According to Labelle, the Duvalier era brought an increase in jealousy to middle-class society. "Mulatto women are considered to be generally more frank, resorting less to magic practices against each other, spreading fewer rumors, and being less envious than black women" (Labelle 1987, p. 209). Jealousy became not only more common but also more ruthless:

“Women are fighting among themselves. Jealousy all the time. They seek by any means to hurt you. In the past, it wasn't so hard. These days it's a really big thing. Before there used to be a mulatto elite who had nothing to do with these superstitious things. But black women want to get ahead. They seek by any means to nail you [régler] for things to do with husbands or homes. It's a constant struggle. If you have a conspicuous social condition, you'll be envied, you'll be sent an illness to make you spend money. Someone will find something near a gate [to the house...]. Spirits will be sent to disrupt that house[hold...]. Your child at school will be made fun of [...]” (black middle-class woman, 42 years old). (Labelle 1987, p. 209)

Future time orientation, teamwork, self-control, etc.

This area of behavior was covered in my last post. Both mulatto and black interviewees said that the mulatto man knows how "to make money work." He is business-minded and knows how to team up with others. In contrast, the middle-class black man "accumulates to show off, refuses to invest, spends outrageously, and does not know how to administer his assets." (Labelle 1987 pp. 191-196). In short, mulattoes adhere to middle-class values. "Mulattoes, it is said, have more cohesion, solidarity, respect for their word when given, self-control, sense of responsibility, and scruples. The black man is cunning, mistrustful, thieving, untruthful, treacherous, politically irresponsible, and corrupt" (Labelle 1987, p. 198).


Until the American occupation, Haiti had two parallel societies. On the one hand, the mulatto community held European middle-class values and provided the country with lawyers, doctors, businessmen, merchants, politicians, and civil servants. On the other hand, the black community lived as small farmers with perhaps 10% living in town as artisans, mill and factory workers, petty traders, or government officials of one sort or another. Farmers typically grew enough food to meet their own needs plus a small surplus for the marketplace. Trade was women's work:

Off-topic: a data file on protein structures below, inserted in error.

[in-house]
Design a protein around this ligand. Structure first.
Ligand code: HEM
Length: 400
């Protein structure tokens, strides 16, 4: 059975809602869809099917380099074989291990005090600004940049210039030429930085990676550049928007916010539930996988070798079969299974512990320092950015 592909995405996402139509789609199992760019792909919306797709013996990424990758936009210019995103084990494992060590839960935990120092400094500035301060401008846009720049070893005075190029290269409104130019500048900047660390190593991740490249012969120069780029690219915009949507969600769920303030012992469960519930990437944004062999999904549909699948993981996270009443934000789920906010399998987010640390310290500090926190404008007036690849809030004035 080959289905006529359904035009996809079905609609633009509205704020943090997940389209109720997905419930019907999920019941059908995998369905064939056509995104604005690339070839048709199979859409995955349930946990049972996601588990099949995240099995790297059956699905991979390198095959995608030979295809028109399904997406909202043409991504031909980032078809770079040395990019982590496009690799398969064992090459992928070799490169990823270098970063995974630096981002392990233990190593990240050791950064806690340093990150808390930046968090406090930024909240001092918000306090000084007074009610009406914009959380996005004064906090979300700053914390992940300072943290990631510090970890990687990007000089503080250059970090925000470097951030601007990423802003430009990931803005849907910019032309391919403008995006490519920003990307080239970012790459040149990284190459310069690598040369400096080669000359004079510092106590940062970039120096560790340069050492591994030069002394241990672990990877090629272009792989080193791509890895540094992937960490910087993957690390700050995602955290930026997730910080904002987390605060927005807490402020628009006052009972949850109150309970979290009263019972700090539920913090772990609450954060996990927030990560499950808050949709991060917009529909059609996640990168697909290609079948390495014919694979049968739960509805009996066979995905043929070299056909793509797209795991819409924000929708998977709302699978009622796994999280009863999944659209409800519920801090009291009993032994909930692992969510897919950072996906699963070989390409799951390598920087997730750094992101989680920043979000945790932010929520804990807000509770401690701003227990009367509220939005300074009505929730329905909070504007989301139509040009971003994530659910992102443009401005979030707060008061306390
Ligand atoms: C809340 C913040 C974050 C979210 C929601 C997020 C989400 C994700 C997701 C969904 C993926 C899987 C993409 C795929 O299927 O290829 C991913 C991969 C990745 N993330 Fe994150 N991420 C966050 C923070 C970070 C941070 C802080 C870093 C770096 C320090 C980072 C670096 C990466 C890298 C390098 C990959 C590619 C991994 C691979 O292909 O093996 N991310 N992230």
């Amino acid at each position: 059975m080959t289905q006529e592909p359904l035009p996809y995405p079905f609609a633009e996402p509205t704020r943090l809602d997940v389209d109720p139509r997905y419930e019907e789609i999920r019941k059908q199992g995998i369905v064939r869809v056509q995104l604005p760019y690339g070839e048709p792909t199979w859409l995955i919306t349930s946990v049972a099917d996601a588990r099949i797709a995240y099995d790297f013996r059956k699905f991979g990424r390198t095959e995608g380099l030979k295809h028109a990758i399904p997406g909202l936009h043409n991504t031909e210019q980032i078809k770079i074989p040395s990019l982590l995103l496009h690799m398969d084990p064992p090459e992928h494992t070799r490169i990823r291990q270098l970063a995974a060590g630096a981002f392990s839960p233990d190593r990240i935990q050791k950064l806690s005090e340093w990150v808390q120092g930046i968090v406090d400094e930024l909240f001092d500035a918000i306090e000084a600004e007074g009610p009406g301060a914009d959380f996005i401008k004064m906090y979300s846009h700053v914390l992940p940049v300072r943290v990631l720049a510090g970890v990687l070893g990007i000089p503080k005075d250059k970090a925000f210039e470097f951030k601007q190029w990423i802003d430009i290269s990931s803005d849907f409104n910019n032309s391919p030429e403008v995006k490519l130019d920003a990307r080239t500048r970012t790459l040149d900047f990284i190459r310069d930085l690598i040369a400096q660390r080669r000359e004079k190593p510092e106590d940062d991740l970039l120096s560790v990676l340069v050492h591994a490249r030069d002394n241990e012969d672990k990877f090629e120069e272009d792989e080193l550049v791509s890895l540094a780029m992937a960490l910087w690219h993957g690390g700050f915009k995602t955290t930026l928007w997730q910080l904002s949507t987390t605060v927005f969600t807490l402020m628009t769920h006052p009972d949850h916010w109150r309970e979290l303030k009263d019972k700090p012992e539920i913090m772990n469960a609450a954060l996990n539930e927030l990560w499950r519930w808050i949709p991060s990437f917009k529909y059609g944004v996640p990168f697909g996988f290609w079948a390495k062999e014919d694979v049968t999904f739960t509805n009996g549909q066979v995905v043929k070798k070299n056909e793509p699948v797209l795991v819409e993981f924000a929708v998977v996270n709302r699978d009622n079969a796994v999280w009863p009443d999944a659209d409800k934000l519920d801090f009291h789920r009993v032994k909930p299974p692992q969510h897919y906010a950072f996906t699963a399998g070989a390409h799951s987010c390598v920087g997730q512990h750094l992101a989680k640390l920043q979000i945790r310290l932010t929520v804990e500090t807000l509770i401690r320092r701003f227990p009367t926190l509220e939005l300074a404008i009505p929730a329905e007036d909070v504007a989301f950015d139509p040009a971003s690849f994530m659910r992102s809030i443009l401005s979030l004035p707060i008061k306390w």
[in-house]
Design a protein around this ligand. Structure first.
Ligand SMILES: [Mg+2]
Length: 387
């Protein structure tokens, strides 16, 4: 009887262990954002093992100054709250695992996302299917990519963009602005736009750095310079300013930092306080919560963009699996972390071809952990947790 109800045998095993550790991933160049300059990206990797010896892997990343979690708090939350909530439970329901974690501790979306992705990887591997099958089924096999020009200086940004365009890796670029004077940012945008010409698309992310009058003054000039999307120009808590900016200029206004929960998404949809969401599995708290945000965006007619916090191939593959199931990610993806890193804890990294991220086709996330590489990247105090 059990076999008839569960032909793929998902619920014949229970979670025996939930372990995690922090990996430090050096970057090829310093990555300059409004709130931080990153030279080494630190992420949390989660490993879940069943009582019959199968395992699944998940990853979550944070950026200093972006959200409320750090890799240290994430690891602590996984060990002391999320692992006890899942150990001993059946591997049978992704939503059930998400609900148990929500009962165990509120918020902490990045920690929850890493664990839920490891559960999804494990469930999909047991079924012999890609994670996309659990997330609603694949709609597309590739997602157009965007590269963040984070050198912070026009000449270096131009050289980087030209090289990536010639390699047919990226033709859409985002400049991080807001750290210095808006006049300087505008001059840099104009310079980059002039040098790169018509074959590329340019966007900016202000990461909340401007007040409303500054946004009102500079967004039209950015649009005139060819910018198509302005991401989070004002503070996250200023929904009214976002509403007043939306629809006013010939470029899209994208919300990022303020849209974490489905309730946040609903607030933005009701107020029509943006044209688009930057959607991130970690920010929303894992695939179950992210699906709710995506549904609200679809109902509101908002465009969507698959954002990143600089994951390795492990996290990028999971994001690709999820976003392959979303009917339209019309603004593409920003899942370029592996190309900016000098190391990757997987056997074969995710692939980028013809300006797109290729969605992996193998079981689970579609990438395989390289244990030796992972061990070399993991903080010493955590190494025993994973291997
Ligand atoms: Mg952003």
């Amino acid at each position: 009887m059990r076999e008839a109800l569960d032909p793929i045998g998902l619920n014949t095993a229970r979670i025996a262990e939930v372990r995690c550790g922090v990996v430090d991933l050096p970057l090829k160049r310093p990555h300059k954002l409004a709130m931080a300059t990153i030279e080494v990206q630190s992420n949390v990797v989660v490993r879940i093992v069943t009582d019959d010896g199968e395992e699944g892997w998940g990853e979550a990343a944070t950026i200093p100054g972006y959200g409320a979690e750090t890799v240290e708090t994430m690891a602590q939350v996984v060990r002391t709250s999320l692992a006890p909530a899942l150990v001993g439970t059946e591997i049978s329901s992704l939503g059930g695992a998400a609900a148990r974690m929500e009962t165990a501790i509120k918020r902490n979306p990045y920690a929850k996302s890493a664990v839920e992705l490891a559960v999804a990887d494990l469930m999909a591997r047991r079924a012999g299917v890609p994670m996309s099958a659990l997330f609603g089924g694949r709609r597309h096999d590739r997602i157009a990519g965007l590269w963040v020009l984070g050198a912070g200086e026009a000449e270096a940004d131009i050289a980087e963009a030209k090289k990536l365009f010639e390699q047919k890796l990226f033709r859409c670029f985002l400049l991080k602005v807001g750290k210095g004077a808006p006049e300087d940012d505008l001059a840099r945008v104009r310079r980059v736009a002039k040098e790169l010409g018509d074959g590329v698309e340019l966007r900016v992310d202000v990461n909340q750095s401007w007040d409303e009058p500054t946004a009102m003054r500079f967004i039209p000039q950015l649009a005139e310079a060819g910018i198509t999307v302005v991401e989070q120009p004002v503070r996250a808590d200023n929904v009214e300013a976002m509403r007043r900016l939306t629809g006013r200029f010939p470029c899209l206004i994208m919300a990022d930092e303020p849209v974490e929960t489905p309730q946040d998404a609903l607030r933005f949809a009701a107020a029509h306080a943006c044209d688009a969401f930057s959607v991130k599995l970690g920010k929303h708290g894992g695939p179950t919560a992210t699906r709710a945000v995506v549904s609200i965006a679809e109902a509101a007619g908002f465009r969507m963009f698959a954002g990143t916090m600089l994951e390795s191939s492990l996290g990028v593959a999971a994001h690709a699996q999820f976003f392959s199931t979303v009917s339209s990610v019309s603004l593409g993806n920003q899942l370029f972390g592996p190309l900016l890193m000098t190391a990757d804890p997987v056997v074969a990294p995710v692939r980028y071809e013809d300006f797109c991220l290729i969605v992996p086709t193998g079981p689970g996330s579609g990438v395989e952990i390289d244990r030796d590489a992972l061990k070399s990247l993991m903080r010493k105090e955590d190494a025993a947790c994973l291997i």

The peasant's creativity is perhaps furthered by the widespread custom of polygamy, since each wife acts as the business manager of her household, thus freeing her husband for more spiritual tasks.

[...] The woman is the organizer. She cooks, washes, rears the children, handles the finances, and makes all purchases, excepting the animals. She lugs the produce to the nearest market or sells it to a middleman speculator who in turn peddles it in the city. On market day she can be seen striding along the jungle paths to market, balancing a basket of produce on her head as regally as a queen with an outsize crown. (Diederich and Burt 1969, pp. 21-22)

Business acumen was thus limited to women, and even they lacked some key elements, particularly the willingness to work as a team with non-kin on a common project. For both the private and public sectors, administrative and organizational skills were confined to the mulatto community.

Things began to change with the American occupation. For the first time in Haiti's history large numbers of blacks received postsecondary education and entered the civil service (Kaussen 2005, p. 69). The new American style of education was democratic—it aimed to teach large numbers of people the vocational skills needed for specific jobs. This was in contrast to the old model of providing a small elite with administrative and organizational skills—teaching rulers how to rule, with strong emphasis on law, the humanities, and classical studies:

The Haitian elite followed the aristocratic prejudice of honoring literary and professional work and despising manual labor. Hard physical work was linked in their minds with slavery and regarded as the prerogative of the ignorant and the poor. They feared that American influence might direct their educational system away from French cultural traditions and toward more materialistic goals. (Diederich and Burt 1969, pp. 35).